Energy crisis in India can be viewed by two angles. One is imported energy, the other is macro imbalance. The two are interrelated. There is no point in blaming the rest of the world for our problems. Recently, globalisation was all the good things of life. But we missed the flip side of it. In fact, the global bazaar works fully and mercilessly both ways. The government is working on a strategy since finally the price will have to be paid by consumers. Much as we would like, there are no easy solutions.
Some of the flamboyant gestures suggested, not to further the cause of nuclear energy one bit and also distract attention from serious possibilities being negotiated. Needless to say no two situations are the same.
In the first energy crisis, we walked on two legs. It was savage on energy prices, petrol becoming the most expensive in the world. People switched to car pools and contract buses and the demand for petrol actually went down.
All this is unnecessary now since oil purchased with dollars will be paid with rupee purchasing power, but scarcity prices have to be paid.
The more interesting part is the macro story. That needs a technocratic map and a realistic negotiating strategy. It would be very counterproductive to go slow on the rupee expenses on flagship schemes like the NREGS, the agricultural schemes and education and health.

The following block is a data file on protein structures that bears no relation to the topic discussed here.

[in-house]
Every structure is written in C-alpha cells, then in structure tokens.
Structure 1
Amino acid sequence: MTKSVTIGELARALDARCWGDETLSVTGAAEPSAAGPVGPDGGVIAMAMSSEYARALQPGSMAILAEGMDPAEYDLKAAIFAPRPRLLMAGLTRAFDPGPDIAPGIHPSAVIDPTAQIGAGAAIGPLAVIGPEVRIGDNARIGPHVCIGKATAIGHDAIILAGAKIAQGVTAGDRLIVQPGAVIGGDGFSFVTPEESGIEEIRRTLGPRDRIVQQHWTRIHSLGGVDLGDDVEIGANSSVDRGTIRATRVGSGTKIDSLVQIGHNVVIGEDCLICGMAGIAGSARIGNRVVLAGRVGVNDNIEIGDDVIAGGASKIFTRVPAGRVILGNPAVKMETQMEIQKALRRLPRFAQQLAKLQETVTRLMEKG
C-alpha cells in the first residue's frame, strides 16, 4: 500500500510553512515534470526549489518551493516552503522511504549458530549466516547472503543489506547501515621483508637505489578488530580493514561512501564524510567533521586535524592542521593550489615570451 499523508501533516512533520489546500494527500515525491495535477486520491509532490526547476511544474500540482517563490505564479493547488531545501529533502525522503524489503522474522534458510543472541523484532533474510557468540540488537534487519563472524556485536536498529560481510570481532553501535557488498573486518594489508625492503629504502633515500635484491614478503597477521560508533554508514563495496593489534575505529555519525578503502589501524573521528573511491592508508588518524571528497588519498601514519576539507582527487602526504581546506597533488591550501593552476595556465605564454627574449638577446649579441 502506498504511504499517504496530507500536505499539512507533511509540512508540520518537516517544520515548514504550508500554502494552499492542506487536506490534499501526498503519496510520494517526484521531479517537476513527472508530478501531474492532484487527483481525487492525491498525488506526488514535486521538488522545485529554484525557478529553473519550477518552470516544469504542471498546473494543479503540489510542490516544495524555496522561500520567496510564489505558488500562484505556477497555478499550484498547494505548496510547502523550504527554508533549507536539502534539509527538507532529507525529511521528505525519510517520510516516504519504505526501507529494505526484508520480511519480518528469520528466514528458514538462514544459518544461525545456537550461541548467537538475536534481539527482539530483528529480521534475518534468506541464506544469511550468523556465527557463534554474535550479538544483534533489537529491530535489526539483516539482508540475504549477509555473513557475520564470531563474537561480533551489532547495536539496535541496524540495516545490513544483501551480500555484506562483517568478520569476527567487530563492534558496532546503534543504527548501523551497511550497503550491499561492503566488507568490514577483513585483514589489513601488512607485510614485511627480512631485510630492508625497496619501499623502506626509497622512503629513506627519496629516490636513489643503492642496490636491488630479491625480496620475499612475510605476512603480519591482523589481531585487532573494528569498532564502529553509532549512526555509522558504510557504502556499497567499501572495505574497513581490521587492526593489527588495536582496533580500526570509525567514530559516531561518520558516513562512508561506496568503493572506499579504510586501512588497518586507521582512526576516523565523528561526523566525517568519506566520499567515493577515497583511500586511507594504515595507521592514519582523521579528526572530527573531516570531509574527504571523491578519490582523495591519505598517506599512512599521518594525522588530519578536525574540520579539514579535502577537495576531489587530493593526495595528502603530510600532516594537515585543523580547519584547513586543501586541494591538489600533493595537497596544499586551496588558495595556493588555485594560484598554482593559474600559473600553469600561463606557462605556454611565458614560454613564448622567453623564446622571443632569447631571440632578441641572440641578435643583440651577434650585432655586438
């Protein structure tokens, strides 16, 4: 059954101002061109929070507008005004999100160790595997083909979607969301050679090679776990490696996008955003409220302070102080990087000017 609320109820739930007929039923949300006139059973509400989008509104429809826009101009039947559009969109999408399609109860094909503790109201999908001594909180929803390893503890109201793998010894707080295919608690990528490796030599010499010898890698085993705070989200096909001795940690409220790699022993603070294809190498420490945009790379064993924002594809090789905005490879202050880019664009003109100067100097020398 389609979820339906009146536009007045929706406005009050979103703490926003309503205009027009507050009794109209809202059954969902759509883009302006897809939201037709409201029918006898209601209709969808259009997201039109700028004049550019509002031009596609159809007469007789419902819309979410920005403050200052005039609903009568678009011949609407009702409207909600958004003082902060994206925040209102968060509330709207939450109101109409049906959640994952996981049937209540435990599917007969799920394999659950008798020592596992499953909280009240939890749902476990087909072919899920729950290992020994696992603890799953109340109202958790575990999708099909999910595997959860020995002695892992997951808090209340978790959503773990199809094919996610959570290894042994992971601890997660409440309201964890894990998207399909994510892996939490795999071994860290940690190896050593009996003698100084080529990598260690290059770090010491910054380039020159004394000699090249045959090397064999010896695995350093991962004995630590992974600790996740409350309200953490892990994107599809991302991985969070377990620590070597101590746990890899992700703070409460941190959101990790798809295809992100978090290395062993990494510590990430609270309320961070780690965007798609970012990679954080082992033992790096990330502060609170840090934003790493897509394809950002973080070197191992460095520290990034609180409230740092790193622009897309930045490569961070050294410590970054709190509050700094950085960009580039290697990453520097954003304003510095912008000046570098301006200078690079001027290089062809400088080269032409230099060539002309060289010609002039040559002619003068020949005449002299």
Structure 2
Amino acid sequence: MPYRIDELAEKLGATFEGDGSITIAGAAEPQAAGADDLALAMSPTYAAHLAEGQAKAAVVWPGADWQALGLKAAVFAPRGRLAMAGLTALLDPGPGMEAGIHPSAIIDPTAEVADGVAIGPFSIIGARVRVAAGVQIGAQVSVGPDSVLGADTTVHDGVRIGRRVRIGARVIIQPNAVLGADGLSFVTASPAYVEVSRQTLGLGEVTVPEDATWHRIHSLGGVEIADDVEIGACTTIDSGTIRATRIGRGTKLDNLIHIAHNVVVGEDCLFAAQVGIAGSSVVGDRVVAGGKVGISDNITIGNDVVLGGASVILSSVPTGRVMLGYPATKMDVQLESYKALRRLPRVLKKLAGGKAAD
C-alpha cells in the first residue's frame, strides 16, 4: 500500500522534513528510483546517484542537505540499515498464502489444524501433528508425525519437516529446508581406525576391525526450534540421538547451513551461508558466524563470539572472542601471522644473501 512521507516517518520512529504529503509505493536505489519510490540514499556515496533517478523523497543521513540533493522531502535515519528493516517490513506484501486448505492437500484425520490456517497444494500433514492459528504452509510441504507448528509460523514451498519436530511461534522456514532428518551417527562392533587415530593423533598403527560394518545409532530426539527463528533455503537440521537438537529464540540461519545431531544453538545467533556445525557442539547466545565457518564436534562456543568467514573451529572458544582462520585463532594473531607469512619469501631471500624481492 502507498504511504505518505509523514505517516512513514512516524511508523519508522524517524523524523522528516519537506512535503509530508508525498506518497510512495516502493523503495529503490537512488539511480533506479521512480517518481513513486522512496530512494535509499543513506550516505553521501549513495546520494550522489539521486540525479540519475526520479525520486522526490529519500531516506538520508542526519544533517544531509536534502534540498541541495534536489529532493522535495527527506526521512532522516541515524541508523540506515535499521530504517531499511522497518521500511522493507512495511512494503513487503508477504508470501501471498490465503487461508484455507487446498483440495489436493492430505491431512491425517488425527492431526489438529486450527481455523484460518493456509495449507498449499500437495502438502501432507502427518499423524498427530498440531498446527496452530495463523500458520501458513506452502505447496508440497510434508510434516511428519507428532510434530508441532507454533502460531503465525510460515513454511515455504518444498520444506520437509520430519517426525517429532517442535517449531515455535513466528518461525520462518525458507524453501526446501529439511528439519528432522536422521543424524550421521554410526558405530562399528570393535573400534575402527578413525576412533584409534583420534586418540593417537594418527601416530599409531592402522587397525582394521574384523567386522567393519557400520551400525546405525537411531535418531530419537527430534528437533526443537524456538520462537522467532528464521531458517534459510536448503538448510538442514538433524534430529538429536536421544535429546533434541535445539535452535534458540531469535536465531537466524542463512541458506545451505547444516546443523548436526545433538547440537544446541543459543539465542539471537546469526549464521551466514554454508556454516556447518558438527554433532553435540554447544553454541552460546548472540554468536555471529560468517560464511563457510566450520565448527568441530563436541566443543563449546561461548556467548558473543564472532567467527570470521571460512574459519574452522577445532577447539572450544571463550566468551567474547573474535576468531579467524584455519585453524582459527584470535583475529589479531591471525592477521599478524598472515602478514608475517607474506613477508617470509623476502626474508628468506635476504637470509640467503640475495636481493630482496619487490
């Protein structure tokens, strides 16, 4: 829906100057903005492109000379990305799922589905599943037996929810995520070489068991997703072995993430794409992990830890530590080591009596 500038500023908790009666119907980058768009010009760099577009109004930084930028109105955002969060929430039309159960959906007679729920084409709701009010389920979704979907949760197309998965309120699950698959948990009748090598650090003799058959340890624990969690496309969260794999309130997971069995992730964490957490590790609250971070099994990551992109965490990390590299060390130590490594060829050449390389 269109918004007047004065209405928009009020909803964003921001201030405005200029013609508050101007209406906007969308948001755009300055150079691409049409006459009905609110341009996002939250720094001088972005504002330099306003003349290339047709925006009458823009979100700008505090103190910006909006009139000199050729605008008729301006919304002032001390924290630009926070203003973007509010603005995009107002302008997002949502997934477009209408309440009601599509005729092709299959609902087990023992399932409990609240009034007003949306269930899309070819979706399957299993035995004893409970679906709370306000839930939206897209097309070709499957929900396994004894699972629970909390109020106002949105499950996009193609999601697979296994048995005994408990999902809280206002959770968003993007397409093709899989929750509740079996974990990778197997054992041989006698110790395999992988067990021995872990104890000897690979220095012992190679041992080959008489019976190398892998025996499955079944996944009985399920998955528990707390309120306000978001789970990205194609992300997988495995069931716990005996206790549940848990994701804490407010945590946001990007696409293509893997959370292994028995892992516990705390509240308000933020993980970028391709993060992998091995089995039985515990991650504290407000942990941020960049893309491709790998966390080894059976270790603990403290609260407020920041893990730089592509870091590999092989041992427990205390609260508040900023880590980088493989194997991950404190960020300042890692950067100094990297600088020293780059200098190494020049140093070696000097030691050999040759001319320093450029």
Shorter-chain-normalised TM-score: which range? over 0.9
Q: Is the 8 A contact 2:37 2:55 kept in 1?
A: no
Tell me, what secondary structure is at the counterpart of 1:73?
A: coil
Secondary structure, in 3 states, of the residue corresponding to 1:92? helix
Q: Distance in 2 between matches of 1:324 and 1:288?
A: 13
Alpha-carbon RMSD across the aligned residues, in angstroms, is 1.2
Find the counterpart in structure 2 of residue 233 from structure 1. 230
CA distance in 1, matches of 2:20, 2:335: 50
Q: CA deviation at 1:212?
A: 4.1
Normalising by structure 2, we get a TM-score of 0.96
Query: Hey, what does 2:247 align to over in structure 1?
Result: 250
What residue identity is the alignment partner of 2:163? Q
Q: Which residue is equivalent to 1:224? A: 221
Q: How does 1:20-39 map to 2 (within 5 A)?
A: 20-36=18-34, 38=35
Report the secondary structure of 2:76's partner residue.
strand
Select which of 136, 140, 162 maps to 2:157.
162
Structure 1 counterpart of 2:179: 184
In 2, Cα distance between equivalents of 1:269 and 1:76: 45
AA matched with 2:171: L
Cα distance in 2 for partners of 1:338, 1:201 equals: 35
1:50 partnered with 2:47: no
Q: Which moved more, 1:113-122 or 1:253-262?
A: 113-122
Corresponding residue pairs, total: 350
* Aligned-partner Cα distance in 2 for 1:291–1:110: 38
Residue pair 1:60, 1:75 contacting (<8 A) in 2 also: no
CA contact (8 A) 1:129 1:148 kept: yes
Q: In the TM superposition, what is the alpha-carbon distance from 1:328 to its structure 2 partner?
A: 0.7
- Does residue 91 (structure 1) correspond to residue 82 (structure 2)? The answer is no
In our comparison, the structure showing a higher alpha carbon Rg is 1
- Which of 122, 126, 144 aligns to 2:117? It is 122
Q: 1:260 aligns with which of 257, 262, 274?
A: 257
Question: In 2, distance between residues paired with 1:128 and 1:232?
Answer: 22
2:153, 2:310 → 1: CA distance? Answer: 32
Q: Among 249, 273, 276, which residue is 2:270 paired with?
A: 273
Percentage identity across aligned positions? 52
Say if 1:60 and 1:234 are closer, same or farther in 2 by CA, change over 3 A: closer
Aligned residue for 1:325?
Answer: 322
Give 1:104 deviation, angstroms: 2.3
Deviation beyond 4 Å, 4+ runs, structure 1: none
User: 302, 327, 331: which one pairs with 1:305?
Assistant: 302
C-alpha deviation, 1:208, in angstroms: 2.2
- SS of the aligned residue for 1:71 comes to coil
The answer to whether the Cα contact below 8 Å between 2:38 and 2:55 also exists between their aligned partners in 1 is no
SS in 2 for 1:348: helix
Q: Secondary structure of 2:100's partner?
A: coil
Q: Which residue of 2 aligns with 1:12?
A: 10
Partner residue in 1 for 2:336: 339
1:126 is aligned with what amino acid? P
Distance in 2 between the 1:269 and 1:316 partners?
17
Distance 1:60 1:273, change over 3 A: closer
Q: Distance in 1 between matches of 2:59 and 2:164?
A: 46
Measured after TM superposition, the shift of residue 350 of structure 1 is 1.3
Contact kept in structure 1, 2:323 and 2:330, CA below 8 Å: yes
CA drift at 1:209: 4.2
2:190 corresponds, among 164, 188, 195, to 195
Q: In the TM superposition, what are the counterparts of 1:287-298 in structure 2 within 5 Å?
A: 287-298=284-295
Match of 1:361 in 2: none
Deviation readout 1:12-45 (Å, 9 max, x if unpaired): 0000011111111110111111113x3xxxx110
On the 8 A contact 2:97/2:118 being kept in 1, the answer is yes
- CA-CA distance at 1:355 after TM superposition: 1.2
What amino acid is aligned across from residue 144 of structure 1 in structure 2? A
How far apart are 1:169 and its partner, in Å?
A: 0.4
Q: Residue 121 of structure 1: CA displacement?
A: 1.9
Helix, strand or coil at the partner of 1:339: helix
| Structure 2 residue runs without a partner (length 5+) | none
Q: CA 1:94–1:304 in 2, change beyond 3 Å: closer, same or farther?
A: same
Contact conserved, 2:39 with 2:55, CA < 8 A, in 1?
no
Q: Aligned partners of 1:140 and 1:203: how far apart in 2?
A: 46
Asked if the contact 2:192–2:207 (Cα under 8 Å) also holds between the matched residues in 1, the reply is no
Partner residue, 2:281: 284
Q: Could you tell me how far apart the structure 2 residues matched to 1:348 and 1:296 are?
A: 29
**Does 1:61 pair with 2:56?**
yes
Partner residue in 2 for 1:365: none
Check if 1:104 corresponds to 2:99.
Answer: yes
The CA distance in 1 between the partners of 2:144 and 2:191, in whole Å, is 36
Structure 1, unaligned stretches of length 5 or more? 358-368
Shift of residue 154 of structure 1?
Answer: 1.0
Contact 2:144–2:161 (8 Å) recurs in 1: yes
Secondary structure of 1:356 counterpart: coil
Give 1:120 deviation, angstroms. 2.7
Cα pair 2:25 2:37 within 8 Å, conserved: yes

The notion that the other fellow has to pay the price for inflation control will not wash. If per capita income is rising by 7.5 per cent, prices can rise by 4.5percent, and then all claims have at the margin to be less than 12 per cent, for the inflationary overhang has also to be naeutralized. The details of “we will all pay for it” can provide a base for negotiation.
We need a credible roadmap and then start negotiations in the framework of carrying the political process with it. It is true that reform without consensus building is impractical. But there are also too many instance of parties accepting the second best if not the optimal answer.
The Distribution Bill unanimously approved in Parliament in late nineties was used to push through India’s largest and in fact only foreign investment in distribution of electricity. The draft bill was later incorporated in fundamentals into the Electricity Act.
Experts have recently highlighted the nuclear decision of the late Rajiv Gandhi, but it was a part of a holistic strategy of pushing non-proliferation globally, detailed cooperation with the USSR on the fast breeder reactors and the GSLV, with the US on strategic cooperation as also with France, Japan and Italy.
With the USSR we not only negotiated the light VVR reactors and the cryogenic engines, but also laid economic relations on the fast track in the first round of reforms. The Indo-US Technology Forum goes back to that period. The opposition to the nuclear agreement has to be surrounded in the blanket of national self-interest Coalitions work harder so that there is no going back.
The writer is a former Union minister for power, planning and science, and was vice-chancellor of JNU, Delhi. firstname.lastname@example.org